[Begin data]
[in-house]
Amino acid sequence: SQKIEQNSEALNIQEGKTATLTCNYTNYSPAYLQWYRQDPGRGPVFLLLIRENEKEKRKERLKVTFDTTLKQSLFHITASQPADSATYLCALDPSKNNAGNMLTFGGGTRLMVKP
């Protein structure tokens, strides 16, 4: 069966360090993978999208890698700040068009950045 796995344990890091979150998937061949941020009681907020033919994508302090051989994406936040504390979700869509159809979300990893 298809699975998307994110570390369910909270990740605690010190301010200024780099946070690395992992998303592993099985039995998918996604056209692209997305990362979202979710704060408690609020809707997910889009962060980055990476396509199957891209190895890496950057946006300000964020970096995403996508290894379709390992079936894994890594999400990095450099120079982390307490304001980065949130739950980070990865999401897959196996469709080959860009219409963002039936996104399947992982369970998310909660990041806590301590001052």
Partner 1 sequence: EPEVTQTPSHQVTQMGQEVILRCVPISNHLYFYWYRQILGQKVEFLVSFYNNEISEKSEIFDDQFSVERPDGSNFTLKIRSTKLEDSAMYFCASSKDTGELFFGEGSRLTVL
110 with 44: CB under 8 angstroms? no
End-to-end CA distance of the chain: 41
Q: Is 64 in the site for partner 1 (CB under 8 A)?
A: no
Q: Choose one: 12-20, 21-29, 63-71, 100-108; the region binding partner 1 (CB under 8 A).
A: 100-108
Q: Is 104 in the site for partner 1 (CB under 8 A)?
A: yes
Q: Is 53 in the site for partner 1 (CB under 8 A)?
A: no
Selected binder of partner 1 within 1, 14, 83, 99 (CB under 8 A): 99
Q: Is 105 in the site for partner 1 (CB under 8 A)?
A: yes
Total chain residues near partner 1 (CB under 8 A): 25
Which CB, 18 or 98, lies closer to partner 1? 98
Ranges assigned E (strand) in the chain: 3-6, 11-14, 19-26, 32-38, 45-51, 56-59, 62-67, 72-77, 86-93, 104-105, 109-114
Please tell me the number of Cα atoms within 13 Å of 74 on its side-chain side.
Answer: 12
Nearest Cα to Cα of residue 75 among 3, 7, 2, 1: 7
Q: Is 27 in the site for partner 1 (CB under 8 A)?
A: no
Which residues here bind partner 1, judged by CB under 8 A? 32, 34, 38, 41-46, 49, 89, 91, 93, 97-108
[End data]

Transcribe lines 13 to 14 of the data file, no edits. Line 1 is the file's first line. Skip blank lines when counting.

Q: Is 53 in the site for partner 1 (CB under 8 A)?
A: no